For information on which modules are specific to your programme, please see : Programme requirements index 2019-2020.

PH1011

Physics 1A

2019-2020

20

10

SCQF Level 7

1

**Academic year(s): **2019-2020

**SCOTCAT credits : **20

**ECTS credits : **10

**Level : **SCQF Level 7

**Semester: **1

**Planned timetable: **

** Pre-requisite(s): **Students must have Higher or A-Level physics and mathematics (both at grade B or better), or equivalent.

** Anti-requisite(s): **You cannot take this module if you take AS1002

** Weekly contact: **Typically 4 lectures, 1 problem-solving workshop, 1 tutorial and 1 x 2.5-hour laboratory.

**Scheduled learning hours: **85

**Guided independent study hours: **115

** As used by St Andrews: **2-hour Written Examination = 60%, Class Test = 15%, Laboratory Work = 25%

As defined by QAA

**Written examinations : **75%

**Practical examinations : **0%

** Coursework: **25%

** Re-assessment: **2-hour Written Resit Examination = 60%, combined with existing Laboratory Work = 25%, existing Class Test = 15%

** Module coordinator: **Dr P Woitke

** Module teaching staff: **Dr P Woitke, Dr J Lovett, Dr B Sinclair, Dr C Rae

The two first level modules in physics provide a balanced introduction to university physics, assuming a prior knowledge of mathematics and physics that corresponds to Higher grade passes at B in these subjects. The modules include appropriate coverage of the traditional disciplines of classical physics, but also exposure to the ideas of modern physics including quantum concepts, and to applications including laser physics and optical communications. It is intended that the two modules should be similar in standard to that of the Advanced Higher in Physics although the syllabus will not match in every detail.

**Learning Outcomes**

Students who take Physics 1A and/or Physics 1B should acquire

- an understanding of the topics covered in the module, such that they can explain the physical principles involved,
- an ability to solve qualitative and quantitative problems based on the lecture material,
- a competence in using some of the standard equipment in physics laboratories,
- an appreciation of uncertainty analysis in experimental work,
- an ability to model a real-world problem using physical concepts.

**Synopsis**

Mechanics 1

Foundations of mechanics and kinematics. Vectors and scalars. Motion with constant acceleration in one and two dimensions. Calculation of projectile trajectories including maximum height, time of flight, range etc. Newton’s laws of motion. Forces, mass and acceleration. Work and frictional forces. Conservative and non-conservative forces. Gravitational potential energy, spring potential energy, kinetic energy and energy conservation. Impulse and the conservation of linear momentum in the absence of external forces. Elastic and inelastic collisions.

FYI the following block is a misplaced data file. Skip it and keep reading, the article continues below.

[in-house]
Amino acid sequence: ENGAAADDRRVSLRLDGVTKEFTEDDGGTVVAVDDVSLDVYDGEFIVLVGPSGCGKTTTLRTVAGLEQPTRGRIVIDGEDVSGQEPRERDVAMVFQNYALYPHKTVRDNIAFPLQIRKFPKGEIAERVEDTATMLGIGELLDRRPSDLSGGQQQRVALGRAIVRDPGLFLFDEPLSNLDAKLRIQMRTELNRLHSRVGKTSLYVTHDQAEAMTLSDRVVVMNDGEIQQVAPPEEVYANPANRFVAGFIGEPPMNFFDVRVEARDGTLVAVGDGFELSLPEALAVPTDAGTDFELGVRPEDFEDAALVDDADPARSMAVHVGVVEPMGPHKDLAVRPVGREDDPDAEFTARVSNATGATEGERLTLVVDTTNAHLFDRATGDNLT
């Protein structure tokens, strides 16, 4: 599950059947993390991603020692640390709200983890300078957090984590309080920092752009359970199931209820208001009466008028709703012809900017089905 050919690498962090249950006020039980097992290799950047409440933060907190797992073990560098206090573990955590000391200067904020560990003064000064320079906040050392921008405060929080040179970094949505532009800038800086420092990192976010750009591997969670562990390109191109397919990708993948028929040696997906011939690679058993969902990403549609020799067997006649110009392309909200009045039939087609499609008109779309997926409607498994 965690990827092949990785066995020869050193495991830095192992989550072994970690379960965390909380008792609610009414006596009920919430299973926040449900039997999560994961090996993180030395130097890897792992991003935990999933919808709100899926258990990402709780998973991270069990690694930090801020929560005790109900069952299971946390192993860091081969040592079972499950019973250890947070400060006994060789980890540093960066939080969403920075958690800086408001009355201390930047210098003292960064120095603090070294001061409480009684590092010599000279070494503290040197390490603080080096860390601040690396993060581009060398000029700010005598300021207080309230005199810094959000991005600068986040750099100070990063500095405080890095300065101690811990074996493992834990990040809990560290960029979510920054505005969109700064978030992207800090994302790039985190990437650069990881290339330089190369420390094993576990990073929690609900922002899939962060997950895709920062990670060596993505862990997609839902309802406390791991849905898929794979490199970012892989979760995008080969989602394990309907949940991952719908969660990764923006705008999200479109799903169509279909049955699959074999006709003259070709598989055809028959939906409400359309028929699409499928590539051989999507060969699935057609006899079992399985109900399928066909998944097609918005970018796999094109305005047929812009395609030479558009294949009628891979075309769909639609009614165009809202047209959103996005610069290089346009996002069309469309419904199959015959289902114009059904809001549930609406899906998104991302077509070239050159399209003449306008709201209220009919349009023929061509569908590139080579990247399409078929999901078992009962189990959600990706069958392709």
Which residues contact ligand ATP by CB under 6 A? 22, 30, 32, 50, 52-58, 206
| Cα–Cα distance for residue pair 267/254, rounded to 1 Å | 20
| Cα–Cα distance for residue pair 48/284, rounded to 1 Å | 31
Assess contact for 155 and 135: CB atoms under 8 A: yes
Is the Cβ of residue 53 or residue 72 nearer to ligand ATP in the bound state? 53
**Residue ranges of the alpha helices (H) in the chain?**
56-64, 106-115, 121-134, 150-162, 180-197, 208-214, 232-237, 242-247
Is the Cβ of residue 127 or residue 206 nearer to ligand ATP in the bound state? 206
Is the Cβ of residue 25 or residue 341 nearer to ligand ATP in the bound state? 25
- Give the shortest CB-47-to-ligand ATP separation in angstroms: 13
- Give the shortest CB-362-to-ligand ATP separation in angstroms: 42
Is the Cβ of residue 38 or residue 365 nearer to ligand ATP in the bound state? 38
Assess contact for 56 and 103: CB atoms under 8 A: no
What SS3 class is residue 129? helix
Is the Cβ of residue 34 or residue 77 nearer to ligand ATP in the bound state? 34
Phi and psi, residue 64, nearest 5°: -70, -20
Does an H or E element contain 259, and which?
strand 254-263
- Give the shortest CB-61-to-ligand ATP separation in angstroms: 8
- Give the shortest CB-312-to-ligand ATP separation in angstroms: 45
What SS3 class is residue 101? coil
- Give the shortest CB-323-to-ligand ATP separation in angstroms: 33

** **

Waves and Optics

What is Light? Ideas of waves and particles, and how light is generated. Ray Optics: Snell's law, and the use of a lens for imaging. Thin lens formula. Oscillations: SHM of spring. Velocity, acceleration and phase, for mechanical oscillations. Extension to a pendulum. Relation between SHM and circular motion. Energy in SHM. Tuning fork and other resonators, and damping. Travelling Waves: Transverse and longitudinal travelling waves, and connection with oscillations. Sound waves, waves on strings, Electromagnetic waves. Transverse velocity and acceleration. Energy carried by a wave. Doppler effect for sound, extended to light and the red shift. Superposition, beats, phase change on reflection. Standing Waves: Standing waves on strings. Nodes and antinodes. Resonant wavelengths and frequencies in strings and pipes. The laser resonator. Wave Optics: Young's slits and two beam interference. Temporal and spatial coherence and its relevance to interference patterns. Michelson interferometer and its use in precision length measurements. Anti-reflection coatings and thin-film interference. Multiple-beam interference. Wavelength separation by diffraction grating.

Properties of Matter

Atomic basis of matter: Atoms and molecules, Dalton's and Avogadro's hypotheses, atomic weight, the mole, Avogadro's number. Thermal physics and kinetic theory: Temperature scales and the gas laws. Evidence for and assumptions of simple kinetic theory. Derivation of pressure formula. Molecular speeds and kinetic energy. Mean free path. Thermal conductivity, convection and radiation.

The condensed state: Estimates of atomic size and spacing. Interatomic forces. Elasticity: stress, strain, Hooke's law, Young's modulus, stored energy. Nature of atoms: charge quantisation, measurement of e and e/m for electrons. Behaviour of charged particles in electric and magnetic fields. Electrical conduction in solids. Drift velocity, Hall effect. The nucleus: radioactivity, alpha, beta, and gamma rays, exponential decay, half life, nuclear size. Isotopes, radioactive series. Protons and neutrons.

Laboratory work (9 sessions)

Lab Skills development programme incorporating: Measurement precision and accuracy; Error propagation; Use of Instrumentation; Data analysis and graphical representation using Excel; Laboratory notebook keeping. Experimental Investigation: Properties of Matter (Heat Capacity); Mechanics (Centripetal Acceleration); Waves and Optics (Sonometer).

Maths workshops.

** **

**Recommended Books**

Please view University online record:

http://resourcelists.st-andrews.ac.uk/modules/ph1011.html

**General Information**

Please also read the additional information in the School's handbook for 1st and 2nd level modules that is available via st-andrews.ac.uk/physics/staff_students/timetables.php.